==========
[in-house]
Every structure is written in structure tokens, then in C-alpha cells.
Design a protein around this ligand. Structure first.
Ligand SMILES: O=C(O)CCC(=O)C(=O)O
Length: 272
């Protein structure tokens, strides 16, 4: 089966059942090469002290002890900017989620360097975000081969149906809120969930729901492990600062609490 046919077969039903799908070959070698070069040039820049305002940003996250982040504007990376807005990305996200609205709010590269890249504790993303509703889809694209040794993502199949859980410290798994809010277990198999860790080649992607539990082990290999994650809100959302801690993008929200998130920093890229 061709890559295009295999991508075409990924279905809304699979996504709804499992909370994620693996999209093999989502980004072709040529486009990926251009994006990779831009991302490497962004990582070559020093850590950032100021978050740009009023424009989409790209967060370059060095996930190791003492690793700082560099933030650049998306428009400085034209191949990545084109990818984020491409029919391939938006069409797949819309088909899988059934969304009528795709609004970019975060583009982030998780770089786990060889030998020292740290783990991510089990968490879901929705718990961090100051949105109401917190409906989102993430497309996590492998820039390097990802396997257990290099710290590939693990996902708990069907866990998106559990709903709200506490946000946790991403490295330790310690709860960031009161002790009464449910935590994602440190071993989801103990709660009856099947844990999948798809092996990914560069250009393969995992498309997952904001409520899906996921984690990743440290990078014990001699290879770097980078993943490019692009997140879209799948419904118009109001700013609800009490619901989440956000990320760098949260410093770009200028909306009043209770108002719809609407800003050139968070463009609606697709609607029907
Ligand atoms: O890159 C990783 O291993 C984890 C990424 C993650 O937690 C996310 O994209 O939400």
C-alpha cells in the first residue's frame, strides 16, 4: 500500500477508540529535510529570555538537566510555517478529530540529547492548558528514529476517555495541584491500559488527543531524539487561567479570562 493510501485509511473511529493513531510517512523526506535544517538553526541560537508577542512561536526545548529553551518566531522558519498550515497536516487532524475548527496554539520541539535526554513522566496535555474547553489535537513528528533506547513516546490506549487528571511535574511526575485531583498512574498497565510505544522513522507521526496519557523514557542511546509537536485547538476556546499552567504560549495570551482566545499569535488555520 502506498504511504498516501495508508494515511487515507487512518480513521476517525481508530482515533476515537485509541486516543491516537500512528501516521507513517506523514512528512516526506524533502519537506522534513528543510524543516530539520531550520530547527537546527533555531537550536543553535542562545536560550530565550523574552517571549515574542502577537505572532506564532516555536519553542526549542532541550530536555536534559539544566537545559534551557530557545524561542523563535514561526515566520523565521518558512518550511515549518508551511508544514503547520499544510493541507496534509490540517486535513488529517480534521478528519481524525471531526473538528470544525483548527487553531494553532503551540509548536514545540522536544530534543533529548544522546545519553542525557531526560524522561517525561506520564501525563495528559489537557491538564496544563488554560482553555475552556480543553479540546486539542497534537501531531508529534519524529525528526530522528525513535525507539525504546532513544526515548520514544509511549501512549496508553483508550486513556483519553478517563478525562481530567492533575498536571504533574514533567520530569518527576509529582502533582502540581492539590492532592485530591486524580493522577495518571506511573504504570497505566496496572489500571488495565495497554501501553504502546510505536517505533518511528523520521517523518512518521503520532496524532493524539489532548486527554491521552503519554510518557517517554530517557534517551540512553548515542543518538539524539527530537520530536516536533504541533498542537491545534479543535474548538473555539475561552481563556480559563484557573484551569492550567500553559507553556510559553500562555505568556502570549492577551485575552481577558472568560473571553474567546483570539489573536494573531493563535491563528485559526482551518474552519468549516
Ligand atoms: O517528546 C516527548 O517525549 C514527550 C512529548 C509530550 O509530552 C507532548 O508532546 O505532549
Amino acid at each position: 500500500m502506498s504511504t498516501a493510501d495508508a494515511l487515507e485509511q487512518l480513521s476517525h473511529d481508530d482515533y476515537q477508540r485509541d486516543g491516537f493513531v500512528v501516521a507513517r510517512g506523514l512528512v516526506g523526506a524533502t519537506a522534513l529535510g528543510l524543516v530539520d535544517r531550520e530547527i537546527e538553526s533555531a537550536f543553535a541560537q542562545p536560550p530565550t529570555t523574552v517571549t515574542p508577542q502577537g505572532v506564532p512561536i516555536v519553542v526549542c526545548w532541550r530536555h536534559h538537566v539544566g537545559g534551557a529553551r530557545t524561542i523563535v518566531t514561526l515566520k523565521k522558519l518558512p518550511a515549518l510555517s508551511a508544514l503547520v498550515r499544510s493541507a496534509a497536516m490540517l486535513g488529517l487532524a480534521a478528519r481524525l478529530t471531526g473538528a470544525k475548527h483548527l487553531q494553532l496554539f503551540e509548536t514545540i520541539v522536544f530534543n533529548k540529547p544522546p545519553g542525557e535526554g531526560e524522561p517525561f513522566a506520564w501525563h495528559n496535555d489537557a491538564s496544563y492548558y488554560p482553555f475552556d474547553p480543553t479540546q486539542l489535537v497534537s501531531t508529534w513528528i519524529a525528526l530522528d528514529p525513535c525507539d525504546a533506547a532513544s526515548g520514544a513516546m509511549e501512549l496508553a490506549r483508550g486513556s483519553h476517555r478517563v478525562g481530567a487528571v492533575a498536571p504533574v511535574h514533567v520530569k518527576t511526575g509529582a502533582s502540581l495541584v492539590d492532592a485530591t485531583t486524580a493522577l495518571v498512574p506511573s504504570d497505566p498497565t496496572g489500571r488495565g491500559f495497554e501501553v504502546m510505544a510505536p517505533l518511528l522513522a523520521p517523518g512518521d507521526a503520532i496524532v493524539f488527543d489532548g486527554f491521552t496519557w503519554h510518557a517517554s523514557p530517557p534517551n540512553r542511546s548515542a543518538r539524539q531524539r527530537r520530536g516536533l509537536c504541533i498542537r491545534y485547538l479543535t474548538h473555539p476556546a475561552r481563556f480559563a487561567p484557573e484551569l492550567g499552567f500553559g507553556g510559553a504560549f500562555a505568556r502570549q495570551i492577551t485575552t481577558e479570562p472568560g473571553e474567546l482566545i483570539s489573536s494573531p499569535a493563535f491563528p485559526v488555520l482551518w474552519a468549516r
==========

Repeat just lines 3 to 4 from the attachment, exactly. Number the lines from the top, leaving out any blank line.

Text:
Design a protein around this ligand. Structure first.
Ligand SMILES: O=C(O)CCC(=O)C(=O)O